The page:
Five HMS researchers were among 22 scientists in the 2019 class of STAT Wunderkinds, which recognizes doctors and researchers who are just beginning their careers but have shown promise as they attempt to answer some of the biggest questions in science and medicine.
The HMS researchers are:
Yamicia Doyasi Connor, HMS clinical fellow in obstetrics, gynecology and reproductive biology at Beth Israel Deaconess Medical Center
Connor studied metastatic breast cancer cells and modeled mathematically how their projections into cells that line blood vessels might affect cancer’s spread and treatments to thwart it. She is now focusing on small cell ovarian cancer, a rare tumor that affects young women.
Di Feng, HMS instructor in medicine at Beth Israel Deaconess Medical Center
Feng’s research led to the discovery of a genetic mutation that modifies proteins in a way that stiffens the cytoskeleton, or the “bones,” of podocytes in the kidneys. Now, she is studying podocytes derived from patients’ stem cells and is using organ-on-a-chip technology to better simulate the mechanical stresses that podocytes experience, in rare and common diseases.
Junaid Nabi, HMS research associate in surgery at Brigham and Women’s Hospital
Nabi’s research focuses on answering the question: How can we make the delivery of health care more equitable? He hopes to integrate technology, bioethics and health policy to ensure patients get the best care.
Sudhakar Nuti, HMS clinical fellow in medicine at Massachusetts General Hospital
Nuti uses research to inform better health policies and programs to pursue health equity and improve population health. In 2016, Nuti’s team found the Veterans Affairs health system’s care for non-VA patients and veterans was of equitable quality—playing a role in the debate over privatizing the VA health care system.
Poole used functional MRI to see how altered cerebral blood flow, neurodegeneration, brain pathology and impaired cognition were all related to brain function and structure. Pool studies how the brain can compensate for different physical and cognitive limitations that come with age by examining the neural mechanisms shared by mobility and cognition.
Nathanael Gray, the Nancy Lurie Marks Professor of Biological Chemistry and Molecular Pharmacology in the Field of Medical Oncology at HMS and Dana-Farber Cancer Institute, was one of three investigators named as recipients of the 2019 Paul Marks Prize for Cancer Research by Memorial Sloan Kettering. The award recognizes promising scientists for their efforts in advancing cancer research.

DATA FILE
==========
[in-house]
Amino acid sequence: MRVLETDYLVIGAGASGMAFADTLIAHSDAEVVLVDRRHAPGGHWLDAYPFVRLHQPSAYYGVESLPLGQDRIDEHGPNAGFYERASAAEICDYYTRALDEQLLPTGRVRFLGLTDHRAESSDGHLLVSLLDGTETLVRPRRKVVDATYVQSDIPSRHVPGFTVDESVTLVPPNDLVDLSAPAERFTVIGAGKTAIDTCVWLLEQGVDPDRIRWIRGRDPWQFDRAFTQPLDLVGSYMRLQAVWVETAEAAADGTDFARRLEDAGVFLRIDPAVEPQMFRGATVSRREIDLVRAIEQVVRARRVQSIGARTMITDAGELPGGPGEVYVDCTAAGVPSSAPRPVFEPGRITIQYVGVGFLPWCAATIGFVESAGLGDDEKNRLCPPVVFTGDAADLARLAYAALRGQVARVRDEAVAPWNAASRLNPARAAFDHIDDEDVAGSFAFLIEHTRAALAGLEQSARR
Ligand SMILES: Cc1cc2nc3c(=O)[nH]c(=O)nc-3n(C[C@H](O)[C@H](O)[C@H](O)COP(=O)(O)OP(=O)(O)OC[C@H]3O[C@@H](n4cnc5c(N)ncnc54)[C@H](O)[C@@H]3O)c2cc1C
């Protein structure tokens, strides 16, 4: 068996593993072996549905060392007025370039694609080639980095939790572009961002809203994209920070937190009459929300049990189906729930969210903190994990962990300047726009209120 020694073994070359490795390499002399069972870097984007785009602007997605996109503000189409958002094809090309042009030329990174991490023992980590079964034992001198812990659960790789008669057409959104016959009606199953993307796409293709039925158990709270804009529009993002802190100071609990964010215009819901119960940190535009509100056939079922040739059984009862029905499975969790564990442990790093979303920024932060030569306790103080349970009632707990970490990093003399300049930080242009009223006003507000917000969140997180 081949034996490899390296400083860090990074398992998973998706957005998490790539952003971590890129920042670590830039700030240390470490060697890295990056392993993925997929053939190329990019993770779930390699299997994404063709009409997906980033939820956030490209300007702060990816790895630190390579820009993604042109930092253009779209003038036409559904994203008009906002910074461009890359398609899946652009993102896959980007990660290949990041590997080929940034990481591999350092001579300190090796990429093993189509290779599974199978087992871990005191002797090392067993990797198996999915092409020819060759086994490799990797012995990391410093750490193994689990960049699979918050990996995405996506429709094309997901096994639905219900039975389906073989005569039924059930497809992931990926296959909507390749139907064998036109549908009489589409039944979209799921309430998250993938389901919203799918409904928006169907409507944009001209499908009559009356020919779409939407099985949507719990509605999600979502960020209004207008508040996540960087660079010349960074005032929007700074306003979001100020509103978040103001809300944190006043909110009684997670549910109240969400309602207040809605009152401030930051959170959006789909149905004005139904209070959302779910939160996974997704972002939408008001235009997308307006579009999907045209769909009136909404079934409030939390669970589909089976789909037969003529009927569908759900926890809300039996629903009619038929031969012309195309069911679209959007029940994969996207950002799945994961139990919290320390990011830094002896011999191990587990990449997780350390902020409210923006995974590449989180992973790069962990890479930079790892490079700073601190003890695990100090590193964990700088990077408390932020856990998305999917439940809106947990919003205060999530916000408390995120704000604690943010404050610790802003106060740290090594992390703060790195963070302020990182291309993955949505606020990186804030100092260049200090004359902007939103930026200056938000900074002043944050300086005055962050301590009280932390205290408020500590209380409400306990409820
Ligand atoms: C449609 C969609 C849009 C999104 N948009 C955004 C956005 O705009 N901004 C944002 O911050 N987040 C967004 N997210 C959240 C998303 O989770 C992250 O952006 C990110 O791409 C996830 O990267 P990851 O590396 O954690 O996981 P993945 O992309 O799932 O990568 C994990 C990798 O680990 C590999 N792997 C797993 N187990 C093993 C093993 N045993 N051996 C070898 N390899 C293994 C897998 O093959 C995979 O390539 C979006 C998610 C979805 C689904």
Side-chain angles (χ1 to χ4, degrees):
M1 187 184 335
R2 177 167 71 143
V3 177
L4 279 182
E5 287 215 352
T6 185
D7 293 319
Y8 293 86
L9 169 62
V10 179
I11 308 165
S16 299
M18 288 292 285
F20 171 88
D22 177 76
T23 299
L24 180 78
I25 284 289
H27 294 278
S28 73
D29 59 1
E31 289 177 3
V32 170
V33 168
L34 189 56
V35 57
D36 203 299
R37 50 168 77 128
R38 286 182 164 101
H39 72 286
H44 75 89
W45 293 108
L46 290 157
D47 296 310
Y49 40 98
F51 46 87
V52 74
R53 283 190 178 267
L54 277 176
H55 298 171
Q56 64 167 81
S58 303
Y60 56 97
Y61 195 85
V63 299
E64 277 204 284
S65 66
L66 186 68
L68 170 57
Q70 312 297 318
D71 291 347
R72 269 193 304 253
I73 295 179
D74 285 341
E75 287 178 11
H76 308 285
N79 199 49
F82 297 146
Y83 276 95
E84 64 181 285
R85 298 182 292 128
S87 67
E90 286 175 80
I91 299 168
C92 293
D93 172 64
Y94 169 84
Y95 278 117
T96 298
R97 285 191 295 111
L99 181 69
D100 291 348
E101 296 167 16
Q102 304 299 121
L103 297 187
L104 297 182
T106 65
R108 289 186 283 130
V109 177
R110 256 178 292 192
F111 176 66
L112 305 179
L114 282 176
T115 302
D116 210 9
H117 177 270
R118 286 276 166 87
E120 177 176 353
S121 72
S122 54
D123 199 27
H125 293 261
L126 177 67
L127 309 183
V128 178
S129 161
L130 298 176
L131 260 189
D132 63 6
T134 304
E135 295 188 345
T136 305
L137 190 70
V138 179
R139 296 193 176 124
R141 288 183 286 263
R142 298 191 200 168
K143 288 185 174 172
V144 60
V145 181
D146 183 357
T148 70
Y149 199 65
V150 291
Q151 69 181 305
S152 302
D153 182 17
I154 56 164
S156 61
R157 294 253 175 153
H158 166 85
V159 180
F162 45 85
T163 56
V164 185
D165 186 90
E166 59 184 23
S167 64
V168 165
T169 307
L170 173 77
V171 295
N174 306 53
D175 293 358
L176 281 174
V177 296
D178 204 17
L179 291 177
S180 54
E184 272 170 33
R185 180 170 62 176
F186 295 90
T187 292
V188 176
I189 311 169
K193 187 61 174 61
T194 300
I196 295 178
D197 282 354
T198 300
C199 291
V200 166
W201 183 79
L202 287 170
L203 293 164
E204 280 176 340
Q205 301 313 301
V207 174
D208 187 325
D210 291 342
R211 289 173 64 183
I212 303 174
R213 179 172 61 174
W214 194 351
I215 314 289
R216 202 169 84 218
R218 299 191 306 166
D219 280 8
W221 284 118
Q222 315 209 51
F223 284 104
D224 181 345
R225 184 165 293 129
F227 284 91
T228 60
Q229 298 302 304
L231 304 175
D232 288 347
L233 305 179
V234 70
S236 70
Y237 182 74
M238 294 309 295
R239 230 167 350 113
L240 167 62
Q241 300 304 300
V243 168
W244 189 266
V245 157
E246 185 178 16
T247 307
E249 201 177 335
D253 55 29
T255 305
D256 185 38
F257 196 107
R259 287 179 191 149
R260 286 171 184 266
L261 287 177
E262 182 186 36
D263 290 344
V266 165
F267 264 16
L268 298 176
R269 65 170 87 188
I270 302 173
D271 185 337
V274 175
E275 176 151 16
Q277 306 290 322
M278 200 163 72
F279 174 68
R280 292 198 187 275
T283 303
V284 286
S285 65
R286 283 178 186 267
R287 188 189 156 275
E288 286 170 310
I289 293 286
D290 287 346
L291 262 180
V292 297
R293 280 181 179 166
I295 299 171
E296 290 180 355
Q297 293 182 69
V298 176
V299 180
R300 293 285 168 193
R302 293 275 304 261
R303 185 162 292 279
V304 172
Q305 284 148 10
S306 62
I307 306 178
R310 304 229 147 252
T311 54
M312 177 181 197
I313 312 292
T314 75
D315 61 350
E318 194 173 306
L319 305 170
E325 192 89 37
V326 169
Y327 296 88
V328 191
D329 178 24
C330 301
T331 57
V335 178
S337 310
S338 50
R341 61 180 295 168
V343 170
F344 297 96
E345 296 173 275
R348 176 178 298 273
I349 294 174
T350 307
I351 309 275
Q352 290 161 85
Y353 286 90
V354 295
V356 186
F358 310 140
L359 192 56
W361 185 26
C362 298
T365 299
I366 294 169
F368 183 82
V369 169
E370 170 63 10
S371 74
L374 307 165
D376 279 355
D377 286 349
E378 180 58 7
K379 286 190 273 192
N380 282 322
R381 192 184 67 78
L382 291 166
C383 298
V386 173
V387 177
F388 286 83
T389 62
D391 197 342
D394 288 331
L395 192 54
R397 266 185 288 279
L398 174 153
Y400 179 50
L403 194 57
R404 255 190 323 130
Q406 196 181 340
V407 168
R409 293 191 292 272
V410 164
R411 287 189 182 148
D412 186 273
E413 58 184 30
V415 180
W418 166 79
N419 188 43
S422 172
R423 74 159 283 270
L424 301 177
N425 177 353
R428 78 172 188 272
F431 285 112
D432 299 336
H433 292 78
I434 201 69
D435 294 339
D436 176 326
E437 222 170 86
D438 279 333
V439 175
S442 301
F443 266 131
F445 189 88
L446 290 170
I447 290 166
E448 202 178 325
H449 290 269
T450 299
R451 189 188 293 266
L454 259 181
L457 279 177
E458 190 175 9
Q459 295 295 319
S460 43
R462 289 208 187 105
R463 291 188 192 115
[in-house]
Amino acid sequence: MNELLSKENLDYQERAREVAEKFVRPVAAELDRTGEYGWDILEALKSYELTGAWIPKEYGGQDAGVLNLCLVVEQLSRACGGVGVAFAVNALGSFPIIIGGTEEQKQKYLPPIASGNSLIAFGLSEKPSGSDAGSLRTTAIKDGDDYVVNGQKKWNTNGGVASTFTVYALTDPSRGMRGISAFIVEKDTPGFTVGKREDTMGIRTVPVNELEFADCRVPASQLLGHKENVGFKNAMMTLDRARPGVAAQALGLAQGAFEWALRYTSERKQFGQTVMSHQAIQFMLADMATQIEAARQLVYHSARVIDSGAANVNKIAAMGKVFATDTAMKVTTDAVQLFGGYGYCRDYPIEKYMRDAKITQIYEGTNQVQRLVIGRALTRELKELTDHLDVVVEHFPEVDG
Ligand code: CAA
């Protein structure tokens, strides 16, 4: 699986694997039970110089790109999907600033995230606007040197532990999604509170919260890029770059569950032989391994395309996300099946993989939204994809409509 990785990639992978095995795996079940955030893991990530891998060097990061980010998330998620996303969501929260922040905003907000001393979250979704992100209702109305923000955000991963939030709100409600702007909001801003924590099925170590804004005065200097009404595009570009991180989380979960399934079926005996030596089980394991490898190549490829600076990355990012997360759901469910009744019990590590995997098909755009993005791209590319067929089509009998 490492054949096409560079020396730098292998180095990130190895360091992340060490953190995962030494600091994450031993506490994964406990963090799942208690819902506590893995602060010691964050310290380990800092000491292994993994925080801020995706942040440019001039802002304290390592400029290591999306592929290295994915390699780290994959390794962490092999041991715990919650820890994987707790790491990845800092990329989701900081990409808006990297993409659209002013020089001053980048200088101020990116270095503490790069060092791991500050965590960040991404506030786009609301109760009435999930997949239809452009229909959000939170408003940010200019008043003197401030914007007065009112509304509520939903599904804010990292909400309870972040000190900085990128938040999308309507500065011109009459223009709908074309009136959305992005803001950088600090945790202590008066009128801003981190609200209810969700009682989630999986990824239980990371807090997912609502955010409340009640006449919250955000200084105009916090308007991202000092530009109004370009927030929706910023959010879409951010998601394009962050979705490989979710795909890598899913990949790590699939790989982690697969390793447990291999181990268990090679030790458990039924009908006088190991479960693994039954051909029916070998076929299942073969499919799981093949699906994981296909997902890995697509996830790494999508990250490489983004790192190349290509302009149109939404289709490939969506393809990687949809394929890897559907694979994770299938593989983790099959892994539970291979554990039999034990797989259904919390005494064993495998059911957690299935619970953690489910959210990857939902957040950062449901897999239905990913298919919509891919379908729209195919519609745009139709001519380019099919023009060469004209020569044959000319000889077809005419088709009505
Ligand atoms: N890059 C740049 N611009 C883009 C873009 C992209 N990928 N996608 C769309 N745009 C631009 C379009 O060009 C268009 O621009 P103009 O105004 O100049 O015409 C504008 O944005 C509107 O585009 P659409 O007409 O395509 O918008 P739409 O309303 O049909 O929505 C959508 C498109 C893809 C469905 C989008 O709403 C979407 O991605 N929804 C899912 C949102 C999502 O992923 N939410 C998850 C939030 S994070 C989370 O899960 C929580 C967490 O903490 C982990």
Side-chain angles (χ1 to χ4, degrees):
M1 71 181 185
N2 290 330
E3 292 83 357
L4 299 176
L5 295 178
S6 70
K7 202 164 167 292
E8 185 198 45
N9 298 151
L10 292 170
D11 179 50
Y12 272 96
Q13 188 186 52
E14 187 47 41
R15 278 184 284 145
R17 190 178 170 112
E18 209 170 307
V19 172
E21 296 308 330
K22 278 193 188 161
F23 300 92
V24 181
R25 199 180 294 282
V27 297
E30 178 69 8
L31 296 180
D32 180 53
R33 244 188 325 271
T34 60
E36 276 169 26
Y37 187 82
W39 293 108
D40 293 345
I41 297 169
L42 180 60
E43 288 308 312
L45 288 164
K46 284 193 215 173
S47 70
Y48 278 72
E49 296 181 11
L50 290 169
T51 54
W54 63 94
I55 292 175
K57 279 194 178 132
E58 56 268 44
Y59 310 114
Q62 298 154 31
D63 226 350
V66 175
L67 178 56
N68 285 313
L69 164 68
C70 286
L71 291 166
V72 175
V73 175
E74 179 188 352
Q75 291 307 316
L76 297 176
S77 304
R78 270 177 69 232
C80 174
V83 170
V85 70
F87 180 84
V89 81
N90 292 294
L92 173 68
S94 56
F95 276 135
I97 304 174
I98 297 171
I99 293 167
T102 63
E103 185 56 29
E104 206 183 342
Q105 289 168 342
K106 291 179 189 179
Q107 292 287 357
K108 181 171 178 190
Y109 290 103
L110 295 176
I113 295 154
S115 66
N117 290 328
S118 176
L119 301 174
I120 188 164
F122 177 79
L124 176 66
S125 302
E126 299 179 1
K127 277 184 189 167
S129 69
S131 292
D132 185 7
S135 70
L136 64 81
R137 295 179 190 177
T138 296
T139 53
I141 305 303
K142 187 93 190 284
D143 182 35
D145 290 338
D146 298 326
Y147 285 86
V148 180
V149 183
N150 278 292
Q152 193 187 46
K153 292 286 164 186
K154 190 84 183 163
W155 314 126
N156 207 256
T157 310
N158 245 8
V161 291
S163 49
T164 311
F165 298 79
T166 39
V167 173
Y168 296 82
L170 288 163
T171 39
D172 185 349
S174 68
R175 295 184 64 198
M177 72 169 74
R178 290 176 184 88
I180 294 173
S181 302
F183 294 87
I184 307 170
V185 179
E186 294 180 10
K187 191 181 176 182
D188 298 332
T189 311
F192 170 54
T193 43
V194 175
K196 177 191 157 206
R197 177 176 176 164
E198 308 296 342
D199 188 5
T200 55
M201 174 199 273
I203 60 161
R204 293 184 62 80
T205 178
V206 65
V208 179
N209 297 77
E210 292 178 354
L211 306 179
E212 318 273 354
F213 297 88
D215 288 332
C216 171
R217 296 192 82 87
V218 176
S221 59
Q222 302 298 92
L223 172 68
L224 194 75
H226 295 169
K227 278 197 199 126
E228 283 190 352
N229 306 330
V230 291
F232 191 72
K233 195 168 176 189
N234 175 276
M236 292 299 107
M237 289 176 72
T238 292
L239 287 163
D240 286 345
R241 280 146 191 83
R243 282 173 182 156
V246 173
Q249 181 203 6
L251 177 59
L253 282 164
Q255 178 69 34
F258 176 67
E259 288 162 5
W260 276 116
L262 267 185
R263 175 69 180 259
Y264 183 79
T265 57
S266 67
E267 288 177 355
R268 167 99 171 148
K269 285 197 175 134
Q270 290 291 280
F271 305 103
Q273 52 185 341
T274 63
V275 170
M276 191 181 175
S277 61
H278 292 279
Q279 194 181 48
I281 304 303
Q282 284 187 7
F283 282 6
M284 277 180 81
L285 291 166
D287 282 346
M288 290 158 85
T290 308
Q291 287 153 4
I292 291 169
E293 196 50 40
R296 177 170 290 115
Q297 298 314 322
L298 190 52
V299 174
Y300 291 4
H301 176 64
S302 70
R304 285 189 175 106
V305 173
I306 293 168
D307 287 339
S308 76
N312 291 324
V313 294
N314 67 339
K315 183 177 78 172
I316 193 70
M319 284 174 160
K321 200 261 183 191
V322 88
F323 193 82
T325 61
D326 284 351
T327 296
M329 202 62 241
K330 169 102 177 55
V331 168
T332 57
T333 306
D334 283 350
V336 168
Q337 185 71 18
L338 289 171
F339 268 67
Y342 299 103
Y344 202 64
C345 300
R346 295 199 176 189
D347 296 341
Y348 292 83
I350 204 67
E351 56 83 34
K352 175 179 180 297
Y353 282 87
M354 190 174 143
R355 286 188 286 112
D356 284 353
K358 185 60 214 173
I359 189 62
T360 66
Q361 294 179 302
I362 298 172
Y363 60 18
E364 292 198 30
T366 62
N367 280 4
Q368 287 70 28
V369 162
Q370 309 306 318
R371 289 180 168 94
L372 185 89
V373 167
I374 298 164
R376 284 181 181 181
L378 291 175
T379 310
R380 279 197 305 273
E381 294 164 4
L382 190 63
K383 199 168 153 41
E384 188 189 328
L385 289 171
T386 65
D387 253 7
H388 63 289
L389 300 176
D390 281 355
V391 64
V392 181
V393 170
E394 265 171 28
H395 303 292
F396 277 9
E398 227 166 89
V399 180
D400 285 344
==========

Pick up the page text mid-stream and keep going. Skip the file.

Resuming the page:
Gray, who also leads the Dana-Farber chemical biology program, focuses his research on drug development and medicinal chemistry related to targeted therapies for cancer. Most traditional targeted therapies block the activity of cancer-causing proteins. His lab is taking a different approach: finding ways to degrade these proteins.
Oriol is being honored for her deep commitment to providing high quality health care to patients who are underserved and marginalized and for inspiring a generation of medical students and residents. Recognized as a renowned anesthesiologist, innovator, educator and pioneer in mobile medicine, Oriol created the Family Van and is co-creator of the HMS MedScience program. She is also HMS associate professor of anaesthesia at Beth Israel Deaconess Medical Center and lecturer on global health and social medicine in the HMS Blavatnik Institute.
Lloyd Paul Aiello, HMS professor of ophthalmology and director of the William P. Beetham Eye Institute at Joslin Diabetes Center, was one of 12 individuals inducted into the Retina Hall of Fame for his contributions to the research and treatment of diabetic retinopathy.
The Retina Hall of Fame honors lifetime achievements and contributions of physicians, educators, scientists and health care administrators in a variety of clinical disciplines and other areas of research, education and treatment.
Johnson-Akeju’s research is leading to the development of innovative approaches to identify patients at-risk for postoperative neurocognitive dysfunction and to develop treatments for the condition.
Eric P. Winer, HMS professor of medicine at Dana-Farber Cancer Institute, was presented with the Jill Rose Award for scientific excellence by the Breast Cancer Research Foundation during its annual symposium and awards luncheon.
The award recognizes Winer’s excellence and leadership in clinical research, his contributions in education and mentorship of young physicians, and his devotion to applying advances from clinical trials into daily practice to improve patient care and quality of life.
Sabrina Paganoni, HMS assistant professor of physical medicine and rehabilitation at Massachusetts General Hospital, received the 2019 American Association of Neuromuscular and Electrodiagnostic Medicine Scientific Impact Award.
Paganoni was honored with the award for her work in a Phase 2a trial testing fingolimod as a potential oral treatment for amyotrophic lateral sclerosis.